Ed Jensen:
1. Writing 100% portable code. This can be non-trivial and really
slow down your development. (However, I'm sure writing 100% portable
code doesn't slow down any of the geniuses HERE. I'm talking strictly
about MORTAL developers.)

I don't consider myself to be an Einstein by any stretch of the
imagination, but still I've no problem keeping my code portable.
Likely reason being that I focused on that fashion of programming
rather than played around with int's all the time.

"Well, just write your C code so it's 100% portable in the first
place. Easy! Problem solved! Only dummies don't do that!"

Writing portable code is really a hell of a lot easier, and even a
hell of a lot more satisfying, than you make it sound.

Martin

Sep 1 '07 #179
Joe Wright wrote:
>
Richard Heathfield wrote:
CBFalconer said:
jacob navia wrote:
... snip ...
Just

int Strlen_i(char *s)
{
char *start=s;
while (*s)
s++;
return s-start;
}
#define strlen Strlen_i;
At which point your code has undefined behaviour.
No, at which point his code won't even compile.
Please read the standard some day.
I think he should start with something a little easier to understand.
This compiles just fine for me.

#include <stdio.h>

size_t Strlen(char *s) {
char *p = s;
if (p) while (*p) p++;
return p - s;
}
AFAICS this has the same action as strlen.
>
#define strlen Strlen
This leads to undefined behaviour.
int main(void) {
char line[80] = "Are you kidding me?";
printf("The length of string \"%s\" is %d bytes.\n",
line, (int)strlen(line));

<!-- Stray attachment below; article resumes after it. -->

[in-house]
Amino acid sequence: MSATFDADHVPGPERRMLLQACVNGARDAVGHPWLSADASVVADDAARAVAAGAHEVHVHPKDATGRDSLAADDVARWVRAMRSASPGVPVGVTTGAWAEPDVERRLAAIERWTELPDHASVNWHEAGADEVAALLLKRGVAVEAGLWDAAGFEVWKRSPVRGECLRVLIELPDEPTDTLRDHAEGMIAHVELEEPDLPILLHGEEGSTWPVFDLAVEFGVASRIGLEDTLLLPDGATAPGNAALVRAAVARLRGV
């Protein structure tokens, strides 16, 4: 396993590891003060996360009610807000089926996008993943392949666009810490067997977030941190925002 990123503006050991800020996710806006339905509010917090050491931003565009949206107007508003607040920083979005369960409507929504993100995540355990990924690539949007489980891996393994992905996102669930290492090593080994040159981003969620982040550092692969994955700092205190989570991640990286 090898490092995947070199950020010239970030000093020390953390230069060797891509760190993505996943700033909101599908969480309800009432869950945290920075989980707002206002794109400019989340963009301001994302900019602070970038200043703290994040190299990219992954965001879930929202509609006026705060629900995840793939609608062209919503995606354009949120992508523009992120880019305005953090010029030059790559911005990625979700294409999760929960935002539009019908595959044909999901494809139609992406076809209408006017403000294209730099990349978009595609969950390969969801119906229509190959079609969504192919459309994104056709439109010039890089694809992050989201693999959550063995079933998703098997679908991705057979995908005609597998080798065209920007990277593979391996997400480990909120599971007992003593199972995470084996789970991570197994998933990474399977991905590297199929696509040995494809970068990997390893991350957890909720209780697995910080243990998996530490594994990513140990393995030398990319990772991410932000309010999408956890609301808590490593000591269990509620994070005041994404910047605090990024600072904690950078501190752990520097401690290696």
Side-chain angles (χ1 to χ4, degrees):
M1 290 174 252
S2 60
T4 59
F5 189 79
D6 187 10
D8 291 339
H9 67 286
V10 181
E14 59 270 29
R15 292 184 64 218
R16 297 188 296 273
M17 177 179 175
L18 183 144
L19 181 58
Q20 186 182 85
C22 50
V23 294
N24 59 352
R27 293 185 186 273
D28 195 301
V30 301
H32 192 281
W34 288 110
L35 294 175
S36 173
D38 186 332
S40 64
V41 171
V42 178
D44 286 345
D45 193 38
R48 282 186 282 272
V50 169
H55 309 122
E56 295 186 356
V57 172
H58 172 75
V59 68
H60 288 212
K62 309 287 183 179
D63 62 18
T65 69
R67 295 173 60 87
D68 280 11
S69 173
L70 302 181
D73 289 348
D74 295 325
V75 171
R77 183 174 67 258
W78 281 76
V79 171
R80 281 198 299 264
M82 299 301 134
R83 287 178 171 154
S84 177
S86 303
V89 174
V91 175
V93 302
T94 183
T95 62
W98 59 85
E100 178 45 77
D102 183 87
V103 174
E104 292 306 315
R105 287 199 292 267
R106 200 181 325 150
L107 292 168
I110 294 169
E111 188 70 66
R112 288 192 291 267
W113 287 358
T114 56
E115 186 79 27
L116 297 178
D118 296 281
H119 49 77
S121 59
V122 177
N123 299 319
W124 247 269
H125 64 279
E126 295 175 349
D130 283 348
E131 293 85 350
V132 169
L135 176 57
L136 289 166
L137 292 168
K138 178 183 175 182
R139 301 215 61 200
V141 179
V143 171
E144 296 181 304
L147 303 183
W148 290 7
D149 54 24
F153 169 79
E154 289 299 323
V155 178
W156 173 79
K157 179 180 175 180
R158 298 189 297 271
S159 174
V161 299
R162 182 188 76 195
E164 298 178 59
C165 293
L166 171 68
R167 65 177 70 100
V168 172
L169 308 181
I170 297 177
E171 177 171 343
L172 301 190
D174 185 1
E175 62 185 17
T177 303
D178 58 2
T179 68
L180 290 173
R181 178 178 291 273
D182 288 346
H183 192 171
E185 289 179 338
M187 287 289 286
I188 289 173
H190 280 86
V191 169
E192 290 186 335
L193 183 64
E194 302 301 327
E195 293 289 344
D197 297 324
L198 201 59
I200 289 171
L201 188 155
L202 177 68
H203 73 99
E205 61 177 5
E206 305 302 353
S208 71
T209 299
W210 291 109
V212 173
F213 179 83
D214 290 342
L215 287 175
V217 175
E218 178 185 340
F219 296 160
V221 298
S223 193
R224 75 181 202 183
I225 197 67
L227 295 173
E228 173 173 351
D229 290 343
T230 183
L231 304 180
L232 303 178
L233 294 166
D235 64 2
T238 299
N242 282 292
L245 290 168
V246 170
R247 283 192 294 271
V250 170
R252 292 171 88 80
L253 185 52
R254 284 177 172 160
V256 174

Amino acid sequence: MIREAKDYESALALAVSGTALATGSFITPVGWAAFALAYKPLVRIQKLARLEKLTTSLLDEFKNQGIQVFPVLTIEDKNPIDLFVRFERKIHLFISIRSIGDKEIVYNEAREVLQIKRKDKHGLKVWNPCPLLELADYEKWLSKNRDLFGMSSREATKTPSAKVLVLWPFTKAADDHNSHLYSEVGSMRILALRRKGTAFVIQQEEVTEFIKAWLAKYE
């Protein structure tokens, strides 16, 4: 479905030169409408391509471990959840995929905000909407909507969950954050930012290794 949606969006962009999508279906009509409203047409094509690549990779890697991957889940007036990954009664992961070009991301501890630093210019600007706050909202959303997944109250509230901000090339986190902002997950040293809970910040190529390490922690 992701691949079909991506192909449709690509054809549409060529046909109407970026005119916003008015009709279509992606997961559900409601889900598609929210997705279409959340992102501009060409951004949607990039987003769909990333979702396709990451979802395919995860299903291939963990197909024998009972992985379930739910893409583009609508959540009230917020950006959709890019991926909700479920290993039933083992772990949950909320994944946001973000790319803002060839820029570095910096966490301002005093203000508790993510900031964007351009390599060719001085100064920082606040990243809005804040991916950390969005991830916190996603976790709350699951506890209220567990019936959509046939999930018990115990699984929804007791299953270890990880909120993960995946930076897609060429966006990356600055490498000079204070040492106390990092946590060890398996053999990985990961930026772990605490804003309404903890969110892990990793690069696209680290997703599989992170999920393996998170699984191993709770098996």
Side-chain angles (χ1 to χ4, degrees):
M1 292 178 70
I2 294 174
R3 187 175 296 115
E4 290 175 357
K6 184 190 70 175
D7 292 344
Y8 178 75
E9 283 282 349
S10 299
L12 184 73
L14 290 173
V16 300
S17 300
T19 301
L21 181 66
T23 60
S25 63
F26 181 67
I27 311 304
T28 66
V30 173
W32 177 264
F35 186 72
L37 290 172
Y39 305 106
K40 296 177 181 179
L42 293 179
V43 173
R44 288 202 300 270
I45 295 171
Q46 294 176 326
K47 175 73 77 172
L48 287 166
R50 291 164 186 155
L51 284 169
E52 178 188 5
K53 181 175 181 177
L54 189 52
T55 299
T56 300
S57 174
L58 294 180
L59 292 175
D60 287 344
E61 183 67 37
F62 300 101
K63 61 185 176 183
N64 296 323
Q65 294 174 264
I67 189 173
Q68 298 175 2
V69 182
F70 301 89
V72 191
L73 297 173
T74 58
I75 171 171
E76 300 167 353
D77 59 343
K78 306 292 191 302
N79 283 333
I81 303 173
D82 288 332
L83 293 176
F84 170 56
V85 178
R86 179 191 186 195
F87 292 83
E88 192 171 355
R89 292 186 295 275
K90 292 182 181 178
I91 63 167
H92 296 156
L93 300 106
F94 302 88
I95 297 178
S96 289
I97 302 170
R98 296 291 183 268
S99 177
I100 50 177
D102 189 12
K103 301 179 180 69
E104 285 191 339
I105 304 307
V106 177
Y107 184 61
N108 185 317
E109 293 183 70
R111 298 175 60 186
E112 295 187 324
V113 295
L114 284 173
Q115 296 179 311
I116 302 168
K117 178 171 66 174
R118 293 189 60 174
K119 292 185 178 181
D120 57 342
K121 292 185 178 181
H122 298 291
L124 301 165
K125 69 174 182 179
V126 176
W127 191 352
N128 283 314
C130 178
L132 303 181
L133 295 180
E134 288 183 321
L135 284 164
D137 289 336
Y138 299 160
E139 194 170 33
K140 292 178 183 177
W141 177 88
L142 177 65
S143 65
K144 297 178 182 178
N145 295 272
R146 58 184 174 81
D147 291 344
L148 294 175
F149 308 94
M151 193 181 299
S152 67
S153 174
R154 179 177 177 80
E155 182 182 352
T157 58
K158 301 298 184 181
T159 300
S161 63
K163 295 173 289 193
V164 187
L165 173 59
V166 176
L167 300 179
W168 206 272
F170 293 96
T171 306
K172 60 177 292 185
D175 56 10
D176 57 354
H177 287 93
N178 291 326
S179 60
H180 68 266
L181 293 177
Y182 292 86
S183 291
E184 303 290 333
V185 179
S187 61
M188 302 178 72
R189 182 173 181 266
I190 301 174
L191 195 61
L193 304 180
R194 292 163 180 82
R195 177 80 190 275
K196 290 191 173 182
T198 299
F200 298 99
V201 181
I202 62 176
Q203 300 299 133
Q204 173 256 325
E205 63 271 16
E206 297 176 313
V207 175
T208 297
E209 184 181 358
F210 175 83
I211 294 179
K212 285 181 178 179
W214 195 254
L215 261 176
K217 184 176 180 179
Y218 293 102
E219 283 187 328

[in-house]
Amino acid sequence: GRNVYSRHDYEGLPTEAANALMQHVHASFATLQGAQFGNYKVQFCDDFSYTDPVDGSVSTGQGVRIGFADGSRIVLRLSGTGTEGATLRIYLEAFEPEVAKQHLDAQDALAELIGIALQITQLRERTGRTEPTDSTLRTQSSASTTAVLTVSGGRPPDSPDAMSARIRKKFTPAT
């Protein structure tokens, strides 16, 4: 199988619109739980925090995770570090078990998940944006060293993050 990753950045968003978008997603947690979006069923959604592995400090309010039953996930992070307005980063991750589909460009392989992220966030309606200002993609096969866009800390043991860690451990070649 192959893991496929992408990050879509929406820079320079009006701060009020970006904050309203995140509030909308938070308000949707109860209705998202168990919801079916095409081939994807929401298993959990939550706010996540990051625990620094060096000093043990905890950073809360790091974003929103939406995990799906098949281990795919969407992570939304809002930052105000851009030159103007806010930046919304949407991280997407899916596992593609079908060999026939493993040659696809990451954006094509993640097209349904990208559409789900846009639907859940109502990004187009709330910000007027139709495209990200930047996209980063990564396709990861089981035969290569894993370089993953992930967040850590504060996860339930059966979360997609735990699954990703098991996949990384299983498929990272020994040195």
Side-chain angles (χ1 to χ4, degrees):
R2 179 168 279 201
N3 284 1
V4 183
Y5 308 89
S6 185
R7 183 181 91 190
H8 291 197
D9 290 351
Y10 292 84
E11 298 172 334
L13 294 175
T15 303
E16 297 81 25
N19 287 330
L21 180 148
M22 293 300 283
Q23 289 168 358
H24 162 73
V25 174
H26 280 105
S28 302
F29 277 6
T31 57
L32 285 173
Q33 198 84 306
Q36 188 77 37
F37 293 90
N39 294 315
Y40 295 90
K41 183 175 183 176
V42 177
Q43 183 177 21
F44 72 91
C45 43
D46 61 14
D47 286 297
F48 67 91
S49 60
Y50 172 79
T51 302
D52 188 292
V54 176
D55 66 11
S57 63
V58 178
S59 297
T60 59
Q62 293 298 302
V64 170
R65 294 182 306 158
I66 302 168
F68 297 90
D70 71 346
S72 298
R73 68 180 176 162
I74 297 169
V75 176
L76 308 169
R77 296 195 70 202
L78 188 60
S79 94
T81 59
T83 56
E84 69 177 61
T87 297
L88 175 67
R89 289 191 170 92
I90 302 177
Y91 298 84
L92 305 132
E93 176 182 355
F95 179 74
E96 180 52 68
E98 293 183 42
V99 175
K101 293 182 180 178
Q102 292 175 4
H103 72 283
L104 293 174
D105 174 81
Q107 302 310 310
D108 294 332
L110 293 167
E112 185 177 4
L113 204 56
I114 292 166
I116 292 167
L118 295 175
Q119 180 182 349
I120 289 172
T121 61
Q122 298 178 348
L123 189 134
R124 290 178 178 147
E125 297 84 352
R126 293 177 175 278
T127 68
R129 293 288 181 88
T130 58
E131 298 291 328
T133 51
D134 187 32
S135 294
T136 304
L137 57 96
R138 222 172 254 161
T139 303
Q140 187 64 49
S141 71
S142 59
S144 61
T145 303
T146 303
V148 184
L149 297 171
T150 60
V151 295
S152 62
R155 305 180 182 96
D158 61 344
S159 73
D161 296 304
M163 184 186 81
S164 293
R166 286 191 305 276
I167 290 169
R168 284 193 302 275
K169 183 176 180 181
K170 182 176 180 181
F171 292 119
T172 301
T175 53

return 0;
}

Is there anything wrong with it?
Yes. See above.

--
Chuck F (cbfalconer at maineline dot net)
Available for consulting/temporary embedded and systems.
<http://cbfalconer.home.att.net>

--
Posted via a free Usenet account from http://www.teranews.com

Sep 1 '07 #180
CBFalconer:
size_t Strlen(char *s) {
char *p = s;
if (p) while (*p) p++;
return p - s;
}

AFAICS this has the same action as strlen.

Just as an example, the strlen on Microsoft Windows compilers test
entire 4-byte chunks at a time looking for a byte which is all zeros.
It's a hell of a lot faster than using a canonical loop.

Martin

Sep 1 '07 #181
Martin Wells <wa****@eircom.netwrote:
>1. Writing 100% portable code. This can be non-trivial and really
slow down your development. (However, I'm sure writing 100% portable
code doesn't slow down any of the geniuses HERE. I'm talking strictly
about MORTAL developers.)

I don't consider myself to be an Einstein by any stretch of the
imagination, but still I've no problem keeping my code portable.
Likely reason being that I focused on that fashion of programming
rather than played around with int's all the time.
Choose all that apply:

1. You're mistaken.

2. You're a liar.